Title III funds first supported the BANNER implementation, an effort which led to the technological advancement of a number of University programs and practices. The BANNER enterprise system serves all areas of the University, including financial tracking and support, alumni relations and fund raising campaigns, student records and financial aid (all available via the Internet 24 hours a day, 7 days a week). Title III supported acquisition of Internet2 and the BANNER system modules affecting day-to-day functional demands and staff training opportunities. This hardware and software has enabled fiber optic connectivity among business units located throughout the campus to provide reliable and efficient access to resources and services and to support data-mining to increase student retention and degree completion.

Today, the University is a proud member of the Internet2 community. This initiative would not have been possible within a short period of time without Title III funding. Internet2 is an organization with the goal of developing and deploying advanced network applications and technology. With participation by over 60 leading companies and more than 300 American universities, Internet2 recreates the partnerships that helped foster the Internet as we know it today. Internet2 brings together institutions and resources from academia, industry, and government to develop new technologies and capabilities.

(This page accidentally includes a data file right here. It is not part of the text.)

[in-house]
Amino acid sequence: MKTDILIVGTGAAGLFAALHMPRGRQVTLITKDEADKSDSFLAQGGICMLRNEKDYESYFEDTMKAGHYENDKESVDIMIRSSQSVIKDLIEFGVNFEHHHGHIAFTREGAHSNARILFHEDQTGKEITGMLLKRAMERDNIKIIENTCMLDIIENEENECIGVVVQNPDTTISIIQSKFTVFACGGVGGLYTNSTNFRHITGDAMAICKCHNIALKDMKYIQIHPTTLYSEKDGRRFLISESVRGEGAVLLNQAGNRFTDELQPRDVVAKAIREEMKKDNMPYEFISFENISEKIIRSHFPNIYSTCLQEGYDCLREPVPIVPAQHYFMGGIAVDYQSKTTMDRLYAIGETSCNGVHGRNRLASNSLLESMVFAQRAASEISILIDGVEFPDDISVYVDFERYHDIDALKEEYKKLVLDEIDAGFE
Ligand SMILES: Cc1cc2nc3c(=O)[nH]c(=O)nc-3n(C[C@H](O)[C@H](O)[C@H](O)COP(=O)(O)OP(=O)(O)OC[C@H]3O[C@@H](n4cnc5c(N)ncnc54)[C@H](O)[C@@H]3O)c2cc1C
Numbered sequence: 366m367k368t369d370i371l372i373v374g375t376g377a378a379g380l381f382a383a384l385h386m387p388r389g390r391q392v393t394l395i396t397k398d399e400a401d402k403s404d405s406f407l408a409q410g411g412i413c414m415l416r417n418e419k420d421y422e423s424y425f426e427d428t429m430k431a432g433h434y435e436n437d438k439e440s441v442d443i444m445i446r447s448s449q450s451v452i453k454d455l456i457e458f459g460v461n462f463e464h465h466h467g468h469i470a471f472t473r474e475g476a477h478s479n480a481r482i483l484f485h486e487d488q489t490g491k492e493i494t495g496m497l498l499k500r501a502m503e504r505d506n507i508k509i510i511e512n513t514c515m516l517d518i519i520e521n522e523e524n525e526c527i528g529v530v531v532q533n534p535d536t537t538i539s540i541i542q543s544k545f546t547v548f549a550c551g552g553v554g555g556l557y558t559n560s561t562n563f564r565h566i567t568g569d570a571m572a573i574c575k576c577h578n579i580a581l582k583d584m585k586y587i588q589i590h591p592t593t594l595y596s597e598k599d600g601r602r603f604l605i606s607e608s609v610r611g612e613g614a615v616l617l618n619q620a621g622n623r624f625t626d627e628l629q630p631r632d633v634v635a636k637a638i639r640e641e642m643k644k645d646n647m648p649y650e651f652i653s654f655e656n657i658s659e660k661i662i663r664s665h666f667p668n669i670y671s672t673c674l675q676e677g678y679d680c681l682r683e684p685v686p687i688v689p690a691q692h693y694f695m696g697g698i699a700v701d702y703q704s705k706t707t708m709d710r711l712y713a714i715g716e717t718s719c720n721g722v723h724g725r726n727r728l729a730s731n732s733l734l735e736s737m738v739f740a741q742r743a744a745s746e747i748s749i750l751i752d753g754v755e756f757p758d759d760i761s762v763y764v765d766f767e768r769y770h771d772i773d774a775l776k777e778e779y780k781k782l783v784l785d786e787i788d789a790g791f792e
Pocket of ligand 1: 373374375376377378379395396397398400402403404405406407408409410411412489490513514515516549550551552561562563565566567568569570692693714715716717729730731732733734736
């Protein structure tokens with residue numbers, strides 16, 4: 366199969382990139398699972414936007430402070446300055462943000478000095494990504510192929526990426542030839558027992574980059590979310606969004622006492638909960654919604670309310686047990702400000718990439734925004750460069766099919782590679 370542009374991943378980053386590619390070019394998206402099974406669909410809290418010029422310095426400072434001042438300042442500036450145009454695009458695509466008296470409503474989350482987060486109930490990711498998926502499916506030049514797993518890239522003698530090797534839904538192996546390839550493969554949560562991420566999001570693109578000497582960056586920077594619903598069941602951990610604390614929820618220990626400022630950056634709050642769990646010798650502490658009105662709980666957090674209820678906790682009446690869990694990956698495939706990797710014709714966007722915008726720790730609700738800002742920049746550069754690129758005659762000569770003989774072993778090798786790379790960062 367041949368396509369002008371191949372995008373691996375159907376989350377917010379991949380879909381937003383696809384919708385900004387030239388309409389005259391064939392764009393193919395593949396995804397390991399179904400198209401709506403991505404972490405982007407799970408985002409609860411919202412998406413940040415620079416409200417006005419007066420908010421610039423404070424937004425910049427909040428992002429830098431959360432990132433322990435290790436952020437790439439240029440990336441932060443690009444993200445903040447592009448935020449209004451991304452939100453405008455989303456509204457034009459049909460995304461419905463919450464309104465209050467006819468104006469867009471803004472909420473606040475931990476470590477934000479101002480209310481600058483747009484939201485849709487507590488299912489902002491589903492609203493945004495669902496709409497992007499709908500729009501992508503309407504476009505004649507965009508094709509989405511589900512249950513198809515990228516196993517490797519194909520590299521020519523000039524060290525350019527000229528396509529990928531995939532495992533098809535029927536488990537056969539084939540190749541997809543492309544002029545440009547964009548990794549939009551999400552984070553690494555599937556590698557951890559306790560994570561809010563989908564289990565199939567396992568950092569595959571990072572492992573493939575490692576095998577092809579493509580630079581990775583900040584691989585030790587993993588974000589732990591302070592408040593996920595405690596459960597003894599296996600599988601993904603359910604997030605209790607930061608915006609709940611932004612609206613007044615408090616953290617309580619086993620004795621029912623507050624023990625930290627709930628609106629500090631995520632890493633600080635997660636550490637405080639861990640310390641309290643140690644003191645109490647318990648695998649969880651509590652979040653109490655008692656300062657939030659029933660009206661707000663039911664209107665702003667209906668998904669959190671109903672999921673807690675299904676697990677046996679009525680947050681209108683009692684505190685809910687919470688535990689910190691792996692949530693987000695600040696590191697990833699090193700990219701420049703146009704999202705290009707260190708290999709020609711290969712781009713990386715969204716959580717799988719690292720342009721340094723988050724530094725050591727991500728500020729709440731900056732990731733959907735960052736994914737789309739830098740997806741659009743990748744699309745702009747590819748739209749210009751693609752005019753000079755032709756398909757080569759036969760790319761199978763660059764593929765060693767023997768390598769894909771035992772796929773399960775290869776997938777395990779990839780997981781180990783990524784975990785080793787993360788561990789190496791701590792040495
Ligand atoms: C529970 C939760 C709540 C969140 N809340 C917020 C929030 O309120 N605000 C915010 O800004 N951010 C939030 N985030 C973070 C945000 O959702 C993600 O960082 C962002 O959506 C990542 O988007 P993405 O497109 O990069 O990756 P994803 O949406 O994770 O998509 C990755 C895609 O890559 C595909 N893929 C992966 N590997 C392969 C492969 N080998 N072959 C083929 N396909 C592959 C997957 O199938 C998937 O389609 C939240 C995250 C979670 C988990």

Among the many benefits derived from our Title III funding is the implementation of myUDC, a user-friendly portal that provides full integration of user services. Students, faculty and staff have single sign-on access to registration, bill payment, email, Blackboard Learn, grades, social media, etc. We have additionally benefitted from a new website including a virtual campus tour and links to all areas of the institution to support students, faculty and staff of the Community College, the flagship and the David A. Clarke School of Law. Twenty-two online learning modules (videos), which are well utilized, support use and access to the new enterprise BANNER system. In addition, nooks, iPads, tablet devices, and other paraphernalia are on loan to students and faculty from the library resources.